(RILEY COUNTY, KS – April 5, 2021) Several fires kept Riley County Fire District #1 busy this past weekend.
The first fire was in the 8000 block of Blue River Hills Road in the central part of the county on Friday. It’s estimated that roughly 600 acres were burned due to the rekindling of a controlled burn. The inaccessible terrain added to the challenges of this large fire. According to a news release by Riley County Public Information Officer Alice Massimi, a local disaster emergency declaration was issued to enable Riley County to utilize two 600-gallon Kansas Forest Service contracted airplane tankers. Units from Manhattan, Fort Riley and Waterville assisted. No one was injured, and while structures were threatened, none were damaged.
On Saturday morning, Riley County sent a task force to Pottawatomie County to assist in a brush fire that started due to a truck hauling debris that was on fire along Highway 13. Four brush trucks, two tankers and a command officer provided support.
Sunday, the rekindle of another controlled burn burned around 200 acres in the 8500 block of Condray Road. The property owner and his family did evacuate, but no structures were damaged. Unlike most brush fires in the area, this fire involved a grove of mature trees.
“I haven’t seen flames like this since I saw a true forest fire in Colorado,” said Lt Ross Hauck, a volunteer with Riley County Fire District #1.
One Riley County water tanker truck was damaged when embers ignited the air filter. Riley County Public Works is currently investigating the extent of the damage.
While crews were battling the fire on Condray Road, a call came in for another brush fire, this one on 18055 Bjorling Road. Crews were rerouted to this fire, and Olsburg Fire Department in Pottawattamie County assisted. Roughly 20 acres were affected.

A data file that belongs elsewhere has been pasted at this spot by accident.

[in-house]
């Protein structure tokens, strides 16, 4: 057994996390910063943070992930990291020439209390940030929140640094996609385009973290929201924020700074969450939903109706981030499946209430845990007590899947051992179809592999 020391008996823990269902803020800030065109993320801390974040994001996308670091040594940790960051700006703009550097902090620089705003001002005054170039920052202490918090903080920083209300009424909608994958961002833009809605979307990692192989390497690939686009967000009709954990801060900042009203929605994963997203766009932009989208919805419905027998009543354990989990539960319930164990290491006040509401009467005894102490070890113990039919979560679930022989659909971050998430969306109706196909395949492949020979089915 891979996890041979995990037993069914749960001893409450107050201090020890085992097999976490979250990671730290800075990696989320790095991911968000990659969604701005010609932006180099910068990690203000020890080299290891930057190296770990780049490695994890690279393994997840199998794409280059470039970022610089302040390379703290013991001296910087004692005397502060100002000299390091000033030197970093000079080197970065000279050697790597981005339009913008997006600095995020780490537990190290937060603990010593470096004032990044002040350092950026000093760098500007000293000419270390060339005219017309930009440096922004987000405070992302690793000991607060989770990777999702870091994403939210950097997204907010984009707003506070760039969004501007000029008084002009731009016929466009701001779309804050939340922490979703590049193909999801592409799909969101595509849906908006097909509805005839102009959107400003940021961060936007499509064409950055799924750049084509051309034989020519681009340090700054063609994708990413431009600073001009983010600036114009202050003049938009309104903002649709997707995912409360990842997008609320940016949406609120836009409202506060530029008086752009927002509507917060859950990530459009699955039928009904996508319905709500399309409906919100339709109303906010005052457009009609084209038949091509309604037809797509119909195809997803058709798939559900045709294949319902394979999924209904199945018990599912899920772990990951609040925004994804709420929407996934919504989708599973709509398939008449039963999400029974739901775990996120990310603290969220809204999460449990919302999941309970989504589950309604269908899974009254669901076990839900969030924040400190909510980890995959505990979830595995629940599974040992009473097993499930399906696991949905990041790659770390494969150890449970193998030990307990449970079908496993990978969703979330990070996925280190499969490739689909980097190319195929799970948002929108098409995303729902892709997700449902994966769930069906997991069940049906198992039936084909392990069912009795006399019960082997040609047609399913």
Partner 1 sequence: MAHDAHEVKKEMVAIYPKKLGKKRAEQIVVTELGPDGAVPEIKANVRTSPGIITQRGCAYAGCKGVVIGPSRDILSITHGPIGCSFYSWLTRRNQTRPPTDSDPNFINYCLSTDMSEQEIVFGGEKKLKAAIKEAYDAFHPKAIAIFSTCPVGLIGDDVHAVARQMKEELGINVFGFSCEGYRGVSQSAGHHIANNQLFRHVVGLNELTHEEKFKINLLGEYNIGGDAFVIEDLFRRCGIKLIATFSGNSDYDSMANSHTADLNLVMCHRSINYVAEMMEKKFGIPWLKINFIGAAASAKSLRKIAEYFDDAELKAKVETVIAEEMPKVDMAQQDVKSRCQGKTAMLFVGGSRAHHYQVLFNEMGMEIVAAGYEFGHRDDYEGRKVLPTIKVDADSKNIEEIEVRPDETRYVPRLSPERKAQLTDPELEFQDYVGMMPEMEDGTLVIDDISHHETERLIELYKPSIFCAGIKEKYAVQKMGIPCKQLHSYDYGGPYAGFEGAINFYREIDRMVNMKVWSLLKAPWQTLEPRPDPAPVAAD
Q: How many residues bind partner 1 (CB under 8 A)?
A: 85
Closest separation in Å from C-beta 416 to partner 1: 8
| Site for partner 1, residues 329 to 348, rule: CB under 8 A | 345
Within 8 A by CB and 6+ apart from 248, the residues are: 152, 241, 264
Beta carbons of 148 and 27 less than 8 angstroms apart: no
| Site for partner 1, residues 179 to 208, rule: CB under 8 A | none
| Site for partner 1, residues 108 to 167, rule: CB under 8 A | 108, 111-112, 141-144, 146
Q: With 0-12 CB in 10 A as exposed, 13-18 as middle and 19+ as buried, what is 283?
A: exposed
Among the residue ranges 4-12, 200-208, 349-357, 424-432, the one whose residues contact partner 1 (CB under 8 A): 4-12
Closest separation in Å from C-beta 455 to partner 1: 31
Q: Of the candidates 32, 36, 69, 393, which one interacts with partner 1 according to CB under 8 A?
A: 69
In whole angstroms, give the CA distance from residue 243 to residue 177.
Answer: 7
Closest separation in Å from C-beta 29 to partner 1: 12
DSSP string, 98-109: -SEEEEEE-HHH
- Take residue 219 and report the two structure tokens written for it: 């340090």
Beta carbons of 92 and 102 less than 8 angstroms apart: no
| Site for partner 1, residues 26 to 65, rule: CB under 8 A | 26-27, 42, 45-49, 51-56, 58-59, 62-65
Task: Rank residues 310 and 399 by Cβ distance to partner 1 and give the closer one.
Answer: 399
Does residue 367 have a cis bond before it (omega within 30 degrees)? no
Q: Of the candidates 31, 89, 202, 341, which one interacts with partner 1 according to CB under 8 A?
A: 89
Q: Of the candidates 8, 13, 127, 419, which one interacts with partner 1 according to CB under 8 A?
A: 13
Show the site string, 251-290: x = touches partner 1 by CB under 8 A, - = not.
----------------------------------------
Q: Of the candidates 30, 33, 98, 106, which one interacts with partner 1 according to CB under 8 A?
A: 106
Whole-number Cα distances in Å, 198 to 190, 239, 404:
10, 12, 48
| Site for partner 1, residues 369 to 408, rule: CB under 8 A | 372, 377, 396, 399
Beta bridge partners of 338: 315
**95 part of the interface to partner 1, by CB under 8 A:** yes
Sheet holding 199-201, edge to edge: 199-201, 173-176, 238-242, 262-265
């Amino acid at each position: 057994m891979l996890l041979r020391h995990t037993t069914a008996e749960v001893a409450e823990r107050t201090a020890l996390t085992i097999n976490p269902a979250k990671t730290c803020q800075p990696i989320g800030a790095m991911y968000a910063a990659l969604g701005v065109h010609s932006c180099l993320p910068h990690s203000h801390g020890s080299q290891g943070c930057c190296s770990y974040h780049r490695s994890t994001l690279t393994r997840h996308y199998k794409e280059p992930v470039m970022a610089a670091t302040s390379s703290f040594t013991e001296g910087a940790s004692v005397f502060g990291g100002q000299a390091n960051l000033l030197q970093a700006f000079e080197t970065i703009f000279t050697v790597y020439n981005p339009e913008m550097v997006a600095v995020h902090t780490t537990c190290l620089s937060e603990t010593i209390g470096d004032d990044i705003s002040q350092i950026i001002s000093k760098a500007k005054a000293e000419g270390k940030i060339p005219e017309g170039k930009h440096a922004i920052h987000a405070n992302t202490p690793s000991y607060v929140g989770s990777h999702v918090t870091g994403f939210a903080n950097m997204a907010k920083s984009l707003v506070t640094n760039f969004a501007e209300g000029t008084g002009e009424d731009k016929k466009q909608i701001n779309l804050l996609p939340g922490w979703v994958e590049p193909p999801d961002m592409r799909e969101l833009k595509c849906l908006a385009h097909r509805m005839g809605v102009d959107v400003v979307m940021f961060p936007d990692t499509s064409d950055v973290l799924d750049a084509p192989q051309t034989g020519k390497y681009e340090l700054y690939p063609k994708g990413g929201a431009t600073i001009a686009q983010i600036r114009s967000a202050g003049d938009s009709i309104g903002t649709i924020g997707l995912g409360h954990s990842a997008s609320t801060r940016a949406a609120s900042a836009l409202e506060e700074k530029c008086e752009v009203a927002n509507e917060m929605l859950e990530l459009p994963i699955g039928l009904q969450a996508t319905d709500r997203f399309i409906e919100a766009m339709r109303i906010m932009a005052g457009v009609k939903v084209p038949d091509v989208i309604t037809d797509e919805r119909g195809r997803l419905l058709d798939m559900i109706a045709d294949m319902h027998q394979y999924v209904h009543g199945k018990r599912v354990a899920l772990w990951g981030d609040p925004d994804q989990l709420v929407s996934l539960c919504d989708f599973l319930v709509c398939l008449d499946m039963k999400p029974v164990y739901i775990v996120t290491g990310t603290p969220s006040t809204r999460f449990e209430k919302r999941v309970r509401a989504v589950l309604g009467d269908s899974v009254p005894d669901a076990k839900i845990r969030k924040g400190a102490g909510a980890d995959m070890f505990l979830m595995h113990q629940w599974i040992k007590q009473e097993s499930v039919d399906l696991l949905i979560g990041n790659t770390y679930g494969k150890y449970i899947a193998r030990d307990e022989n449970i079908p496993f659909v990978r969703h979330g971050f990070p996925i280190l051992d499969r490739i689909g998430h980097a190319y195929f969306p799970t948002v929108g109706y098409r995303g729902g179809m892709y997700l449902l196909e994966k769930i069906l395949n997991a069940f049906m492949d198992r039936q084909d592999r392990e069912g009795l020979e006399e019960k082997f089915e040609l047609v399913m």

Later in the afternoon, another fire was reported in northern Riley County. Knowing that Riley County Fire services were busy with the other fires, Marshall County Fire services responded.
While the number of brush fires is average for this time of year, it is important to remember that they can be life-threatening when they get out of control.
“Part of the responsibility of conducting controlled burns is to check on the fire a couple of hours and days after it is finished to make sure the fire is completely out,” reminds Riley County Emergency Director Russel Stukey.
Stukey reminds those looking to have a control burn, contact Emergency Management to get a burn permit. You can call the office at 785-537-6333 or fill out and submit the permit request online https://www.rileycountyks.gov/forms.aspx?FID=201
“Just because the weather may seem great one day, it does not mean the following days are also good to burn,” points out Stukey. “Which is why when we issue burn bans, we take into consideration the weather that day and the next two days.”